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Government intervention on the internet

Government Intervention on the Internet

CIS 302 - Information Systems I

John J. Doe


March 12, 1997

During the last decade, our society has become based on the sole ability to

move large amounts of information across great distances quickly. Computerization

has influenced everyone's life in numerous ways. The natural evolution of computer

technology and this need for ultra-fast communications has caused a global network

of interconnected computers to develop. This global network allows a person to send

E-mail across the world in mere fractions of a second, and allows a common person

to access wealths of information worldwide. This newfound global network,

originally called Arconet, was developed and funded solely by and for the U.S.

government. It was to be used in the event of a nuclear attack in order to keep

communications lines open across the country by rerouting information through

different servers across the country. Does this mean that the government owns the

Internet, or is it no longer a tool limited by the powers that govern. Generalities such

as these have sparked great debates within our nation's government. This paper will

attempt to focus on two high profile ethical aspects concerning the Internet and its

usage. These subjects are Internet privacy and Internet censorship.

At the moment, the Internet is epitome of our first amendment, free speech. It

is a place where a person can speak their mind without being reprimanded for what

they say or how they choose to say it. But also contained on the Internet, are a huge

collection of obscene graphics, Anarchists' cookbooks, and countless other things that

offend many people. There are over 30 million Internet surfers in the U.S. alone, and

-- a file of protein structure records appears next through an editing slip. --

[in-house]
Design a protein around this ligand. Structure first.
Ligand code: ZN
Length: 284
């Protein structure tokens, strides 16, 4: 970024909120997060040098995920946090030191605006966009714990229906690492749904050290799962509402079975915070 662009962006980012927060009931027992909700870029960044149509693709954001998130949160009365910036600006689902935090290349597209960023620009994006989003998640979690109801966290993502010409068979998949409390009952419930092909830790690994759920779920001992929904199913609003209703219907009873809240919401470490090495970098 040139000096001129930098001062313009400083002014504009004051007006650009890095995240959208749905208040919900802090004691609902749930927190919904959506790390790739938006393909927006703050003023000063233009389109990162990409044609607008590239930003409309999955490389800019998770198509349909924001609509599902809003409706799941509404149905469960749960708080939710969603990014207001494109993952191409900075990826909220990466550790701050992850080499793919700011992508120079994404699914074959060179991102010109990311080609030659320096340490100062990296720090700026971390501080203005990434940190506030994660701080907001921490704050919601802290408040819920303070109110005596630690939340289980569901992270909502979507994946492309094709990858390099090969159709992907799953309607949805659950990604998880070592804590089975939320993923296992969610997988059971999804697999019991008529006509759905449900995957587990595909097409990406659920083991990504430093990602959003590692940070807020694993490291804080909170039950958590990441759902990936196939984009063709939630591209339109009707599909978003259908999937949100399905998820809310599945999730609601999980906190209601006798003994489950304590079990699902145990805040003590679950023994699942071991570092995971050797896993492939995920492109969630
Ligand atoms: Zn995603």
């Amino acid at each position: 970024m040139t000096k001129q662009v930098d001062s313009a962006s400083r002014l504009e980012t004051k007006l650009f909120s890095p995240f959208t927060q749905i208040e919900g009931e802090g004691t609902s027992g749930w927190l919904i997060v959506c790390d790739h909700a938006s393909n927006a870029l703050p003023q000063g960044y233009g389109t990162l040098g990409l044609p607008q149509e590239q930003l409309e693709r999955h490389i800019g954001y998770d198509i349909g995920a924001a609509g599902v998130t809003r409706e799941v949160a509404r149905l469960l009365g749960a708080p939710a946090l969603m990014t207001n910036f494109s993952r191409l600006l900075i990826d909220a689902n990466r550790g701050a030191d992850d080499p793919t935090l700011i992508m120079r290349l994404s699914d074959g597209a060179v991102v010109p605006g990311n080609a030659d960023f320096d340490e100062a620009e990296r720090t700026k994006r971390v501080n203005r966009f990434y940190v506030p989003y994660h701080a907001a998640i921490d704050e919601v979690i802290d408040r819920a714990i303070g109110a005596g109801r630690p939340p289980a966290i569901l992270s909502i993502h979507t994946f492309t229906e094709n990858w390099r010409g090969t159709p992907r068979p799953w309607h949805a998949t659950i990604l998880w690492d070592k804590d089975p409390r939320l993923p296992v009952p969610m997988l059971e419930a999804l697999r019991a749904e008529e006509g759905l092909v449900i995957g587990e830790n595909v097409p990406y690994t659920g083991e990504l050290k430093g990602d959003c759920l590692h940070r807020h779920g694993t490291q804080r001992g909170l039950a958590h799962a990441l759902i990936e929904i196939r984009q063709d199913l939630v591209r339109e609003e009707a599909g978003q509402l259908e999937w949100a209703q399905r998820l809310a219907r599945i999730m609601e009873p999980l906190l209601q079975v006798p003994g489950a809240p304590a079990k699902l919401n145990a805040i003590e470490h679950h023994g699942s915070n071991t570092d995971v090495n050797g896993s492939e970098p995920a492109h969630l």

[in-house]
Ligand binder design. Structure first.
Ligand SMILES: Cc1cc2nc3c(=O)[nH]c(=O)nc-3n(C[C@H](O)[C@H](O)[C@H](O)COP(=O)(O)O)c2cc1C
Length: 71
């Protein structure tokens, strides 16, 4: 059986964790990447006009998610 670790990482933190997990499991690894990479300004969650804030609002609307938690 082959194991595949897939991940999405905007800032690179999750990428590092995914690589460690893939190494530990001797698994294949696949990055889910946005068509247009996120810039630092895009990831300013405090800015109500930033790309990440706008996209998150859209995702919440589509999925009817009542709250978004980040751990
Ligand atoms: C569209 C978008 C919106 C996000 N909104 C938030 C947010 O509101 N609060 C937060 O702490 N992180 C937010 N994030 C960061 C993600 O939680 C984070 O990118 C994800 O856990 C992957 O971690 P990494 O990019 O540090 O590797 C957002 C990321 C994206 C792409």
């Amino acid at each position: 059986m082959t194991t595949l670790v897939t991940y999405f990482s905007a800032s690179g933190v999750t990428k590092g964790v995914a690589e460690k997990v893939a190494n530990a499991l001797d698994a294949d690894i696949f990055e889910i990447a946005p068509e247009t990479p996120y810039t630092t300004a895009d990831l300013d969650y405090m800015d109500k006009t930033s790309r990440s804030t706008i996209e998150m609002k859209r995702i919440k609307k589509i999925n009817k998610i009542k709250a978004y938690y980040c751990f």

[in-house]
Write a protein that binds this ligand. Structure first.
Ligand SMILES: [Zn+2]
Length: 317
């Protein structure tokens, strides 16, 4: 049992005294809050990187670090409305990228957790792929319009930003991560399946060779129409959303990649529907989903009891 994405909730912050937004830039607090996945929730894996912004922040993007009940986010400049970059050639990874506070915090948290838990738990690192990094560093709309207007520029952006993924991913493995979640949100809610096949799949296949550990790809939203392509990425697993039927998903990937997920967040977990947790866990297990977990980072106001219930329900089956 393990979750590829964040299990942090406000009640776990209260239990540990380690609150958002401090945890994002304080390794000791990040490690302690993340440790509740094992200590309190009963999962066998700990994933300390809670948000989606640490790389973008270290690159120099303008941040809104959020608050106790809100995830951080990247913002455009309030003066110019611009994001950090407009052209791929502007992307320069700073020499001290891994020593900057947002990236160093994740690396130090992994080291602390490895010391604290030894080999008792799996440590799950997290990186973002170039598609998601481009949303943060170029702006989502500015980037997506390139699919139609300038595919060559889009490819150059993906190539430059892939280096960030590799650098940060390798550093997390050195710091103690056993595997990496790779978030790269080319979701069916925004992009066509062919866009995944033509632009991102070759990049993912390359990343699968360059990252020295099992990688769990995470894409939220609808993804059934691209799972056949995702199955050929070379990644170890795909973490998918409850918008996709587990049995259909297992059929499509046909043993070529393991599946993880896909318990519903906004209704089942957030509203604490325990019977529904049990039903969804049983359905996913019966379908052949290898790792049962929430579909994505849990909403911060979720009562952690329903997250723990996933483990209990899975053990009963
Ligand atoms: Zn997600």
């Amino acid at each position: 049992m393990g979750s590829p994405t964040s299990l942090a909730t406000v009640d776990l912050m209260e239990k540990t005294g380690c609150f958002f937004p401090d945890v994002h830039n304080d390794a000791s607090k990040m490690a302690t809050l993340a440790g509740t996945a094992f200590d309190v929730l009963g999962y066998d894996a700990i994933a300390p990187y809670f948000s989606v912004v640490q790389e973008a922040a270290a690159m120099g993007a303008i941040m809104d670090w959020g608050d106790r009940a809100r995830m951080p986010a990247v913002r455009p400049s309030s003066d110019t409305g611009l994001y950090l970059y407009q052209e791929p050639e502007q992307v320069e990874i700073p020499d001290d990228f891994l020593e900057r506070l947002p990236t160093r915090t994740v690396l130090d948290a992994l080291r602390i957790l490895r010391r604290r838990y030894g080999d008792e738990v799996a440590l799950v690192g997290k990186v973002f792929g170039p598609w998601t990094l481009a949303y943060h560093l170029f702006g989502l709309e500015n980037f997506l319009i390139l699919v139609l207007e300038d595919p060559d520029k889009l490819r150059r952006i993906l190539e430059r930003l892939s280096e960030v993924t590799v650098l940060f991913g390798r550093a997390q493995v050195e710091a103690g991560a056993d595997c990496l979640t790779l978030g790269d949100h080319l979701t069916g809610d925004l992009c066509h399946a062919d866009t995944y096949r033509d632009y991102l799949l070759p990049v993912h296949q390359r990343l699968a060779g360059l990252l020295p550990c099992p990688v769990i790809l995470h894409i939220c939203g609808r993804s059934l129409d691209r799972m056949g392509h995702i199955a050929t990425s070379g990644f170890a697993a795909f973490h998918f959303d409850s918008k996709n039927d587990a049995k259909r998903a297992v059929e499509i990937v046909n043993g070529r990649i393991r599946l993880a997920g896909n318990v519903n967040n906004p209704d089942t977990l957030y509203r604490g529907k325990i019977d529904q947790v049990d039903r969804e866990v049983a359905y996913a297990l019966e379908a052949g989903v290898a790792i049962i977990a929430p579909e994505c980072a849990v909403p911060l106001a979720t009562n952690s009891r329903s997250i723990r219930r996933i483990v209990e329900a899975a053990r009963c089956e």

much is to be said about what offends whom and how.

As with many new technologies, today's laws don't apply well when it comes

to the Internet. Is the Internet like a bookstore, where servers can not be expected to

review every title? Is it like a phone company who must ignore what it carries

because of privacy; or is it like a broadcast medium, where the government monitors

what is broadcast? The problem we are facing today is that the Internet can be all or

none of the above depending on how it is used.

Internet censorship, what does it mean? Is it possible to censor amounts of

information that are all alone unimaginable? The Internet was originally designed to

"find a way around" in case of broken communications lines, and it seems that

explicit material keeps finding its "way around" too. I am opposed to such content on

the Internet and therefore am a firm believer in Internet censorship. However, the

question at hand is just how much censorship the government impose. Because the

Internet has become the largest source of information in the world, legislative

safeguards are indeed imminent. Explicit material is not readily available over the

mail or telephone and distribution of obscene material is illegal. Therefore, there is

no reason this stuff should go unimpeded across the Internet. Sure, there are some

blocking devices, but they are no substitute for well-reasoned law. To counter this,

the United States has set regulations to determine what is categorized as obscenity

and what is not. By laws set previously by the government, obscene material should

not be accessible through the Internet. The problem society is now facing is that

cyberspace is like a neighborhood without a police department. "Outlaws" are now

able to use powerful cryptography to send and receive uncrackable communications

across the Internet. Devices set up to filter certain communications cannot filter that

which cannot be read, which leads to my other topic of interest: data encryption.

By nature, the Internet is an insecure method of transferring data. A single E-

mail packet may pass through hundreds of computers between its source and

destination. At each computer, there is a chance that the data will be archived and

someone may intercept the data, private or not. Credit card numbers are a frequent

target of hackers. Encryption is a means of encoding data so that only someone with

the proper "key" can decode it. So far, recent attempts by the government to control